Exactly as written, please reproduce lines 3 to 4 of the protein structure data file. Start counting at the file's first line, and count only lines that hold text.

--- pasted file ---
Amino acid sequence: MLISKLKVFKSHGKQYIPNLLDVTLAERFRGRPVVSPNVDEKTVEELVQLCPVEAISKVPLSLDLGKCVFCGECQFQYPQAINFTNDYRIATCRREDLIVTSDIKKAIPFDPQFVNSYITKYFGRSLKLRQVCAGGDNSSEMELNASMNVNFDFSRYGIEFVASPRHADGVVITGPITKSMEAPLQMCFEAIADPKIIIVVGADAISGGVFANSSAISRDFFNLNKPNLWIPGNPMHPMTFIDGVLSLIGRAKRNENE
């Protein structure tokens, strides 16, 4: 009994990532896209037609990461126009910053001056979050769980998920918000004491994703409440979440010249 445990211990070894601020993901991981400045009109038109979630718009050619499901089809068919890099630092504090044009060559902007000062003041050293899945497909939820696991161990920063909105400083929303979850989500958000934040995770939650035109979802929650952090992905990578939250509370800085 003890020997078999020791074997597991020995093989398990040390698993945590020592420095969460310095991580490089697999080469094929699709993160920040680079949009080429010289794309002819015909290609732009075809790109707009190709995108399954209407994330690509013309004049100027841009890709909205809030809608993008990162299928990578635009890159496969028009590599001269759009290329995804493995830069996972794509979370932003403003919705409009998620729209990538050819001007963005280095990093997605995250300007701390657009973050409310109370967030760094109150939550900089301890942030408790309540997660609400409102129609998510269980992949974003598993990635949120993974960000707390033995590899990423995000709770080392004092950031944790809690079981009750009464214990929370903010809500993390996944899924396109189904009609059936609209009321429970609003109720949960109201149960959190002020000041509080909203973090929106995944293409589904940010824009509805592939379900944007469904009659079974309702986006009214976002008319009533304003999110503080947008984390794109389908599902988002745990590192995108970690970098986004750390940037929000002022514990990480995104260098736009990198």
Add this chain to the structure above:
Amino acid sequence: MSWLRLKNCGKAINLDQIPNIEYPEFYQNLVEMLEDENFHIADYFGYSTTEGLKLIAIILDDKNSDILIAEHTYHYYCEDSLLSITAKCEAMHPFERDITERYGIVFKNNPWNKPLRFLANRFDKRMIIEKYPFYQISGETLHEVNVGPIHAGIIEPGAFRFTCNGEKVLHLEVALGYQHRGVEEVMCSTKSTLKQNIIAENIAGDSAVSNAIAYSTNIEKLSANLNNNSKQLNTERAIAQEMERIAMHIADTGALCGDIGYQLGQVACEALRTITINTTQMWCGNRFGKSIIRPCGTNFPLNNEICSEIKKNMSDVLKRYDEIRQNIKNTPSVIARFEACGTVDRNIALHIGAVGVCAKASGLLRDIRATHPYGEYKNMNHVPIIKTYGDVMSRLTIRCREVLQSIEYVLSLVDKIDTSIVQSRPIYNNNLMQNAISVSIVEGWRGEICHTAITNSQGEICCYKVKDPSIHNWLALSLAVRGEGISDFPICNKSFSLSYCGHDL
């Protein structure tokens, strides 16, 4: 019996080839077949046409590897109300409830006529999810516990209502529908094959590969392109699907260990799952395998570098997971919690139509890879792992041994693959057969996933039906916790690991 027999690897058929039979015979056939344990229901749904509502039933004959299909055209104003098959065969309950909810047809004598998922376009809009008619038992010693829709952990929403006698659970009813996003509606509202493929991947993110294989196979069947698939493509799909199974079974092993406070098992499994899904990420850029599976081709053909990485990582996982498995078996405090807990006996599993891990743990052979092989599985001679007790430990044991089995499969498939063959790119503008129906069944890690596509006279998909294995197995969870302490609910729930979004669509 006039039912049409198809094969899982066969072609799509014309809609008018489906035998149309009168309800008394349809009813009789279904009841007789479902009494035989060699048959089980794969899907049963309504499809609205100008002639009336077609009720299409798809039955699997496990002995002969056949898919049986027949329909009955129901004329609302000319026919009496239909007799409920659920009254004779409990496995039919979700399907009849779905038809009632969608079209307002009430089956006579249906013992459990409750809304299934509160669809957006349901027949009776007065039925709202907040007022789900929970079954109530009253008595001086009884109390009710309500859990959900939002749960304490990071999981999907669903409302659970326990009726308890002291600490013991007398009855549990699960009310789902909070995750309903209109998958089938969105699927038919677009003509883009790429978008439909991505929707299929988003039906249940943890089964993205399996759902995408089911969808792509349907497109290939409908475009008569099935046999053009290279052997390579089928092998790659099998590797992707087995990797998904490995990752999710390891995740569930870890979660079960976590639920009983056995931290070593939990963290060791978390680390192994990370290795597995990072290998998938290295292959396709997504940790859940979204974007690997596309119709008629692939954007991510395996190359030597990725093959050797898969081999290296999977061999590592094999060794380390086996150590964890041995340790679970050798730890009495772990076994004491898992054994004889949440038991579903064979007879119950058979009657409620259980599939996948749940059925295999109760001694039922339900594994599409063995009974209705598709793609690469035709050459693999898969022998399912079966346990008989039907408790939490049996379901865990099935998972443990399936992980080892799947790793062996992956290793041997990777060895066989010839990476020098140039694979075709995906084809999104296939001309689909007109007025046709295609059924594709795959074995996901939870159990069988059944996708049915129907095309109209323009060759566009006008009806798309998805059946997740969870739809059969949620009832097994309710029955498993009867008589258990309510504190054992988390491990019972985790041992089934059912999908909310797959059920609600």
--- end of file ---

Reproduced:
Add this chain to the structure above:
Amino acid sequence: MSWLRLKNCGKAINLDQIPNIEYPEFYQNLVEMLEDENFHIADYFGYSTTEGLKLIAIILDDKNSDILIAEHTYHYYCEDSLLSITAKCEAMHPFERDITERYGIVFKNNPWNKPLRFLANRFDKRMIIEKYPFYQISGETLHEVNVGPIHAGIIEPGAFRFTCNGEKVLHLEVALGYQHRGVEEVMCSTKSTLKQNIIAENIAGDSAVSNAIAYSTNIEKLSANLNNNSKQLNTERAIAQEMERIAMHIADTGALCGDIGYQLGQVACEALRTITINTTQMWCGNRFGKSIIRPCGTNFPLNNEICSEIKKNMSDVLKRYDEIRQNIKNTPSVIARFEACGTVDRNIALHIGAVGVCAKASGLLRDIRATHPYGEYKNMNHVPIIKTYGDVMSRLTIRCREVLQSIEYVLSLVDKIDTSIVQSRPIYNNNLMQNAISVSIVEGWRGEICHTAITNSQGEICCYKVKDPSIHNWLALSLAVRGEGISDFPICNKSFSLSYCGHDL